I find the whole “NOBODY BELIEVED IN US” thing some sports teams cling to for motivation to be highly overrated, if not completely inaccurate. There is always somebody that believed in a team to make it all the way to the Promised Land of the Stanley Cup Final. Even if the Nashville Predators were the 16th best team in the National Hockey League during the regular season, I can’t sit here and tell you that nobody believed in them. Mostly because people chose the preseason to believe in them.

My hockey dad Jeremy Lambert picked them to win the Western Conference in the preseason. The NHL 17 video game regular season & playoff simulation carried out by EA Sports both had Nashville winning the Cup. (That playoff simulation got almost nothing else right. Montreal was in the Final, Pittsburgh lost to Columbus in the first round, Nashville beat Minnesota & Edmonton in the 2nd round & conference final…it was just a bit off.) Heck, even I wrote a column¬†expressing some optimism going into the season, and I never do that!

The regular season did the best it could to kill that optimism. I was already feeling pretty bad about things by early November. The Predators would have periods of time where it looked like they would live up to their preseason potential, and immediately follow it by crashing back to Earth with inferior play. The Preds just couldn’t seem to get any momentum going all season, be it injuries, lack of coordination or just general uselessness.

The strange thing about it was that I never had any doubt they would make it to the postseason. I had a lot of doubt about what they would do once they got there, but it just felt like the team was spinning its wheels and biding its time for the Stanley Cup Playoffs. The time of year where regular season records are thrown out (except for that pesky seeding) & you simply have to keep winning to continue playing.

The Playoffs can turn a disappointing season into a high-water mark, and a successful one into a disaster. Just ask Chicago, Montreal & Washington. Three squads among the favorites to lift the Cup that weren’t around past the second round and are now looking for answers instead of glory.

The Ducks were looking for answers after Game 1. Nashville has gotten each series off to a good start with a road victory taking home-ice away from their opponents and knocking them on their heels. It took overtime, but James Neal managed to knock a one-timer off of Corey Perry’s head to end it. Always a bonus when you can do something like that.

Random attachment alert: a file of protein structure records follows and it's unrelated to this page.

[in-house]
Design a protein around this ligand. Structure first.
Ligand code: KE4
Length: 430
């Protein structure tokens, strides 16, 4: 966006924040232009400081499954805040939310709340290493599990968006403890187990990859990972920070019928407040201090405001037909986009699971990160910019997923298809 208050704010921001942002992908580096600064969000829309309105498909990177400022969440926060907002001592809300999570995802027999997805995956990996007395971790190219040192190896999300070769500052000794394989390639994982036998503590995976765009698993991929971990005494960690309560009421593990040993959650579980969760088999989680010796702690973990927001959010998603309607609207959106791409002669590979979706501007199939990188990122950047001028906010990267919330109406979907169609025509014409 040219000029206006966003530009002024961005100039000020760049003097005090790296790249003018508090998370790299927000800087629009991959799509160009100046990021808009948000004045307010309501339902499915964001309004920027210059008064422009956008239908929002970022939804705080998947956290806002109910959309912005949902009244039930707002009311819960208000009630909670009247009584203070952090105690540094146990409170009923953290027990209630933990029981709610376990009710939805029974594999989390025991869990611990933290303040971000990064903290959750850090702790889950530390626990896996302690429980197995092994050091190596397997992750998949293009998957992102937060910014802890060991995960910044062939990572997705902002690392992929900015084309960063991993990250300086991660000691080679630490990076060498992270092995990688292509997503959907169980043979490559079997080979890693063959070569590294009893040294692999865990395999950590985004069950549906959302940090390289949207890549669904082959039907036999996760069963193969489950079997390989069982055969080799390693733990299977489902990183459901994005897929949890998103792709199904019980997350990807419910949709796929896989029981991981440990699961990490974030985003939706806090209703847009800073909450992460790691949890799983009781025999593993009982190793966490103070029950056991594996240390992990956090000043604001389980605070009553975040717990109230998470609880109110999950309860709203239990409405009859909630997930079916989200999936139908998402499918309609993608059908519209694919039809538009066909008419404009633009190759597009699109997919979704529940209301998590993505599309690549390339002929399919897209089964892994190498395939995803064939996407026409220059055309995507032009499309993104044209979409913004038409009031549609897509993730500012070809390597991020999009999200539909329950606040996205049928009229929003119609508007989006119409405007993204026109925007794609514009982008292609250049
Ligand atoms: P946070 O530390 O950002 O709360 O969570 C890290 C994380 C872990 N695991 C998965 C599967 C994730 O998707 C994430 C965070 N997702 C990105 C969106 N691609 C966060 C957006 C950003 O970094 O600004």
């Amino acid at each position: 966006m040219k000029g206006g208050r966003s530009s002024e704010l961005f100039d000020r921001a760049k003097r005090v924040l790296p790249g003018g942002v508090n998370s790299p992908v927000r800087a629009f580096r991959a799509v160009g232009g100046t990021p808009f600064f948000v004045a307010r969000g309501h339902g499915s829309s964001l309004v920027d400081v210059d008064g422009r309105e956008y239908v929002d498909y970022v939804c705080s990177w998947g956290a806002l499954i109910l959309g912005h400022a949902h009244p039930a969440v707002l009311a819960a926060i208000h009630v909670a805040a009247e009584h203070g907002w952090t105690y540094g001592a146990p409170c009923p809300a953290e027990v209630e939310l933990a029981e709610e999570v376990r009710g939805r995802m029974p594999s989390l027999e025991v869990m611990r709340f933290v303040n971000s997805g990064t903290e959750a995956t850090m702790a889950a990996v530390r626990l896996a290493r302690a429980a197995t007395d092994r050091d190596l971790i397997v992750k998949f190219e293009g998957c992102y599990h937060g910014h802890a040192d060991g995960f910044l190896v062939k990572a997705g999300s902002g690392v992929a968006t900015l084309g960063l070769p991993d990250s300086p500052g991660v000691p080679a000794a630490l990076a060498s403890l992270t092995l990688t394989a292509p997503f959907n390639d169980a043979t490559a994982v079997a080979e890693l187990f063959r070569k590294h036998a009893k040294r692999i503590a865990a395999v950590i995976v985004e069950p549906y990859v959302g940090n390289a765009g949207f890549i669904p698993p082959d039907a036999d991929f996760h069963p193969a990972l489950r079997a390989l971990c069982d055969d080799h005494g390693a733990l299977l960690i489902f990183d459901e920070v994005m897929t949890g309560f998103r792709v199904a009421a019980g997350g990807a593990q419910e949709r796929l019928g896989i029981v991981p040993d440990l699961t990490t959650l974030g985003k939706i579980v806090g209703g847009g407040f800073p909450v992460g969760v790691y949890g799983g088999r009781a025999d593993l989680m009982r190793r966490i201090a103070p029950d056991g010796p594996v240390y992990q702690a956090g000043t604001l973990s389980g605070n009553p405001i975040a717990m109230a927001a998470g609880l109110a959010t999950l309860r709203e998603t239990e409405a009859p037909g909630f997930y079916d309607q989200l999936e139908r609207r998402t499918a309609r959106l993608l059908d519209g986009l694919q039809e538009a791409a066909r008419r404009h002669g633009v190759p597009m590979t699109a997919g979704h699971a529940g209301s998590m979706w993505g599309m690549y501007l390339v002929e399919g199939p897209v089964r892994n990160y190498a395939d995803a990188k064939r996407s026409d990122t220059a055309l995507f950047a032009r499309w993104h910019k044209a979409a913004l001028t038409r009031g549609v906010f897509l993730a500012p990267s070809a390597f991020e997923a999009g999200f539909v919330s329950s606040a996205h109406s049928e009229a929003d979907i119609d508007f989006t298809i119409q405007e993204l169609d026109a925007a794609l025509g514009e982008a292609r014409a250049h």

Game 2 wasn’t as fun for the Preds, as Pekka Rinne finally had a rough outing in this postseason. It was bound to happen eventually, as he’s been incredible pretty much every game since the month of April started. The big story coming out of this game was Ryan Johansen commenting to the media about Ryan Kesler’s rough style of play and everybody getting all excited about it. I had no problem with RyJo’s comments and took it as an attempt to get certain people to notice things the Ducks were doing on the ice and getting away with. Make no bones about it: Anaheim plays a dirty game featuring unlikable people. It’s part of why I don’t know any Ducks fans other than Dustin James, and he roots for the ones in Oregon, not Anaheim.

Game 3 was especially memorable for your humble correspondent. It was my first time inside Bridgestone Arena. My first trip to Smashville. All I can say is that all the hype about the Nashville crowd is real. I know some people out there question Nashville as a “hockey town”. The Preds weren’t around for the Original Six days. Nashville isn’t in Canada. These things make Old School Hockey Fan reticent to buy in. They cling to the idea that Nashville will only support the Predators when they’re really good, and that hockey only belongs north of the border and in a few select American markets where fans buy into old-fashioned hard-nosed hockey with no frills. Places that can be “hockey towns”, whatever that means.

Yes, the Nashville fan likes to be entertained. They might not be inclined to support a product that bores them just for the sake of it. There’s a lot of bandwagoning going on. Celebrities are buying in, which only builds the bandwagon more. Where I differ from Old School Hockey Fan is this: I don’t see any problem with it. None whatsoever. Maybe it’s because I myself am new to this scene. This is my fifth year watching the Preds & living & dying with every result. Does that make me “Bandwagon Guy” to Old School Hockey Fan? Maybe. But do they really want their sport without people like me watching & getting into it? Wouldn’t they like better TV ratings and more fan interest spread over the entire NHL and not just concentrated in certain markets?